Award Winning Suicide Prevention Advocate Sees Dawn Of National Virtual Multi-Media Suicide Prevention Centre
At noon on November 28th, Crisis Services Canada (CSC) launched the Canada Suicide Prevention Service (CSPS), the first national suicide prevention service in Canada. This service will enable individuals to communicate via voice, text and chat in order to get suicide prevention support, whether for themselves or those they care about.
Along with her peers from various dedicated pilot distress centres from across the country, Karen Letofsky, a nationally recognized leader in suicide prevention and recipient of the Order of Canada and Queen Elizabeth II Diamond Jubilee Medal, has spent the last decade laying the groundwork for this innovative service.
CSC: You have been recognized as a national leader in the field of suicide of prevention. What has drawn you to this work and why is it important?
Karen: Originally, I was drawn to this work as a child of refugees who had been personally impacted by the sudden, violent death of their families. As a result of their experiences, I developed an affinity for and interest in supporting others in the aftermath of traumatic loss. It was through my work with survivors of suicide loss that I joined the distress centres movement. And, it was there that I came to understand the power of the human connection in preventing suicide and promoting life. Partnering with an individual in crisis at a critical time can make a true difference in the outcome. This collaboration between the person in need and the responder has the potential to change both.
CSC: A national suicide prevention service has been a long-term goal for suicide prevention organizations across the country. Tell us a little bit about the journey to get here.
Karen: The distress centres movement is 50 years old in Canada and has always operated in the spirit of collegiality, often informally but sometimes in more structured ways, such as the development of the Canadian Distress Line Network, launched just over a decade ago. This national collaborative, although unfunded for much of its existence, was comprised of a group of helpline leaders who were passionately committed to both the development of a national service and excellence in standards of practice.
A changing cast of 20 regional representatives spoke regularly with one another in order to share and compare, and to fuel the continued passion for both of these goals. Special thanks must go to Ian Ross of Vancouver and Joan Roy of Calgary whose dedication to this cause never flagged throughout the long journey to get to this point. Over the years, there was also support from CASP (Canadian Association for Suicide Prevention) and DCO (Distress and Crisis Ontario) enabling us to continue to build a framework and organize more effectively. Short-term funds provided by an anonymous donor in 2014/15 provided us with the resources to finally successfully petition for the financial support required to launch this initiative.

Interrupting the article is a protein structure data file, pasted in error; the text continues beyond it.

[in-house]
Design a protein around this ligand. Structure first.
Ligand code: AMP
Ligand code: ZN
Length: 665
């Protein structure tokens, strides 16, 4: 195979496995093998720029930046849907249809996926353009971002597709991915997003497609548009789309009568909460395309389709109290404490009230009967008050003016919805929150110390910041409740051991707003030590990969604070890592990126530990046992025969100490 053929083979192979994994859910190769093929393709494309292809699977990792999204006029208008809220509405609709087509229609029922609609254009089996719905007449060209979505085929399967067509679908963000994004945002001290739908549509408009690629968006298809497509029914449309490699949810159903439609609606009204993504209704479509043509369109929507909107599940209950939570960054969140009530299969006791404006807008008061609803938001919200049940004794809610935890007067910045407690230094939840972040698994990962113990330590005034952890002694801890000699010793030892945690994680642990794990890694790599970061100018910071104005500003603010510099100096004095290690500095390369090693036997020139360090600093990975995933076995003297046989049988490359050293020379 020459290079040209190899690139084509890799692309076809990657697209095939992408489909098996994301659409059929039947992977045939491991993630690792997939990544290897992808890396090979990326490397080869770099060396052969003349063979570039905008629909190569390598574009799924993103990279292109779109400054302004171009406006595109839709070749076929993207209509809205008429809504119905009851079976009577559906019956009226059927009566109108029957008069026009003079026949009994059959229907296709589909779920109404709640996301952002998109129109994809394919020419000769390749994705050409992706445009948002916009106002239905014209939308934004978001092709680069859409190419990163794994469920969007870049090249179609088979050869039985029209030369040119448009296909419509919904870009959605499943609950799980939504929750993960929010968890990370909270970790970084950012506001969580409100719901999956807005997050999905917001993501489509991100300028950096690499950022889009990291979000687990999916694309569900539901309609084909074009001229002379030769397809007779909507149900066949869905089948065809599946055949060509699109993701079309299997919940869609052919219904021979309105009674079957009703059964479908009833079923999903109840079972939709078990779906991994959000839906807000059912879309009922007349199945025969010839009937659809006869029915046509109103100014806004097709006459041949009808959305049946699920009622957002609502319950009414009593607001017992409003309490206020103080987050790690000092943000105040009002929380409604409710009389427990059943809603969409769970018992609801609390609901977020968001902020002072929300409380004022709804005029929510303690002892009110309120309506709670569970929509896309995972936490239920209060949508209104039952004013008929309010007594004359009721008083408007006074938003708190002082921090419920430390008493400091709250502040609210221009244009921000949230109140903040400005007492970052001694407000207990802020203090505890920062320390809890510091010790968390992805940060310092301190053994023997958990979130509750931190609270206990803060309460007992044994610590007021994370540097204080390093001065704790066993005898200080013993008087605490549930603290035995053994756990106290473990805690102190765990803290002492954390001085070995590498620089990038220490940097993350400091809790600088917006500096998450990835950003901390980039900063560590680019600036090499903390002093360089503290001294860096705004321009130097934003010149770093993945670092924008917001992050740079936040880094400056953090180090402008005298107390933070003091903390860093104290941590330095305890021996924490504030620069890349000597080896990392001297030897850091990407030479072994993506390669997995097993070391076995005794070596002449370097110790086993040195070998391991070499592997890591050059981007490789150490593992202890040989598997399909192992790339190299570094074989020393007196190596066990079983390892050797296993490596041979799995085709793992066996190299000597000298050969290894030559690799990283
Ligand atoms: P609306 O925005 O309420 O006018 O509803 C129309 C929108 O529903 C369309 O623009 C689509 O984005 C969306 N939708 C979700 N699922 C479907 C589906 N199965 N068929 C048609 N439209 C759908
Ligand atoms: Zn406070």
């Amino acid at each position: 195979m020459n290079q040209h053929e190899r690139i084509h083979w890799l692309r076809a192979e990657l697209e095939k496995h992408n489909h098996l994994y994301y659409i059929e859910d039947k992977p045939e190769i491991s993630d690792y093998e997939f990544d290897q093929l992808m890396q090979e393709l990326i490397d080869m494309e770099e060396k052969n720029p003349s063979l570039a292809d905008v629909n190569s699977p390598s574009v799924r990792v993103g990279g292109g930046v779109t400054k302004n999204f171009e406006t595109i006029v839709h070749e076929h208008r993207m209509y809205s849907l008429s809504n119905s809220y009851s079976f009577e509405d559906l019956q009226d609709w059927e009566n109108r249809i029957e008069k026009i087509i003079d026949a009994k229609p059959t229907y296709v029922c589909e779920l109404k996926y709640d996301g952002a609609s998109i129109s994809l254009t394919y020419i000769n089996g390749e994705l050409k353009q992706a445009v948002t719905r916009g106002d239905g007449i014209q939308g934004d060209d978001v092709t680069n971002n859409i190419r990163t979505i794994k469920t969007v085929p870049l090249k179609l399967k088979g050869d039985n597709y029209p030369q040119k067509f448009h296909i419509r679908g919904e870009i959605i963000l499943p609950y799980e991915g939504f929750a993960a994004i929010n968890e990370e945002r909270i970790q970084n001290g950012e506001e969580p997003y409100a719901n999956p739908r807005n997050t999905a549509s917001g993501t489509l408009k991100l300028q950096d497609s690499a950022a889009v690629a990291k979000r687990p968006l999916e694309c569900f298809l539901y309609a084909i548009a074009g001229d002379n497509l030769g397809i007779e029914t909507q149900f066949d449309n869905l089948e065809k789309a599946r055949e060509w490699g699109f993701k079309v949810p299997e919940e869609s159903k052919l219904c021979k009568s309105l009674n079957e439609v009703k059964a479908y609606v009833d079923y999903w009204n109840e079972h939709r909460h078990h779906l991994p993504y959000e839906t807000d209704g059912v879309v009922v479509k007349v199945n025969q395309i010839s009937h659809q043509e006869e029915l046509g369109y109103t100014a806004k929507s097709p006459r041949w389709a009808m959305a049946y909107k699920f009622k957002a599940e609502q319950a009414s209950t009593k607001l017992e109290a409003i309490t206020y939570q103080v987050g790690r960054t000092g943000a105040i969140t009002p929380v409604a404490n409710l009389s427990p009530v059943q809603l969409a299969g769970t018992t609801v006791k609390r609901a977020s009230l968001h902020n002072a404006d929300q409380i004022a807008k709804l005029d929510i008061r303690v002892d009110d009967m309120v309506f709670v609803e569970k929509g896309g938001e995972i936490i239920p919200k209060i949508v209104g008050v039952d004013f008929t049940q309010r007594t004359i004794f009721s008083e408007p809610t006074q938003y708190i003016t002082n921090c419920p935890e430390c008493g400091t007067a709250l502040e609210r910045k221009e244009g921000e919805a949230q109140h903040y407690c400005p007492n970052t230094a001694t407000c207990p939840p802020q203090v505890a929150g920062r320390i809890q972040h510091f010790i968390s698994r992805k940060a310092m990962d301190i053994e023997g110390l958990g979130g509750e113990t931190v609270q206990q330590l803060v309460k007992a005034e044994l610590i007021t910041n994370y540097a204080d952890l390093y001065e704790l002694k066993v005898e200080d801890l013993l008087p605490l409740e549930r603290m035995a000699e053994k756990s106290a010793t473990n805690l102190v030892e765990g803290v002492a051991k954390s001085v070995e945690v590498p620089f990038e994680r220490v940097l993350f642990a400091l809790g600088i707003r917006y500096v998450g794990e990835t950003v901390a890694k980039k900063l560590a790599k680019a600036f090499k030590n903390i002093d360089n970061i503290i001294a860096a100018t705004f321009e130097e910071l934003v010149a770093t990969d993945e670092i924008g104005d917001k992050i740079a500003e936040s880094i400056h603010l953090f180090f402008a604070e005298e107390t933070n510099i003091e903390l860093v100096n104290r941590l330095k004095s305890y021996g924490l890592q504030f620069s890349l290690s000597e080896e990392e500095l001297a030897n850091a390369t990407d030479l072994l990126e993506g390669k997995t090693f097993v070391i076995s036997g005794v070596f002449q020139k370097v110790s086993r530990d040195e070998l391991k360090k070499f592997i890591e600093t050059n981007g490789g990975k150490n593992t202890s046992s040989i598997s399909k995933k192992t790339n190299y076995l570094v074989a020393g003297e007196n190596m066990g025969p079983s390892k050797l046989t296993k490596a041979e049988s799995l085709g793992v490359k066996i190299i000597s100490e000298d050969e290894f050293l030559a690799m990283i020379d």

Known for a short period of time as the National Suicide Prevention Service, we are now incorporated as Crisis Services Canada operating the Canadian Suicide Prevention Service. The Public Health Agency of Canada as a founding funder, with support from the Mental Health Commission of Canada, has helped turn this vision into a reality. A lot has evolved to make this possible but what has not changed is the initiative, drive and expertise of the centres’ staffs—their contributions have made this transpire. They continue to be a joy to work with.
CSC: Historically Canadians have accessed suicide prevention services through regional crisis lines. Why is a national service needed?
Karen: Regional crisis lines, since their rollout across the country from the late 1960’s on, have provided essential links to life-sustaining support. Unfortunately, while the numbers of these organizations grew over the years, there still remain large gaps across the country without direct access to a helpline service. Moreover, since the existing services provide a range of emotional and crisis support, they tend to be very busy. This may mean it is a bit more challenging for someone experiencing suicidal distress to get immediate access. A national suicide prevention service with central access and regional delivery will eliminate the gaps and allow crisis calls/contacts to receive priority response. This will augment and complement the existing crisis services to ensure that no one needs to fall between the cracks.
CSC: What have you and other leaders involved in designing and launching this innovative, transformational service learned throughout the process? What were some of the biggest hurdles you faced?
Karen: The launching of this transformational service has highlighted both the power of and challenges of working within a collaborative partnership model. Engaging stakeholders in the sharing of information, the determination of best practices and the design and implementation of a viable service model has involved compromise, mutual respect and a willingness to learn and evolve. While this has contributed to the high energy required to launch a project of this magnitude in such a short period of time, without a doubt, there have been moments of frustration.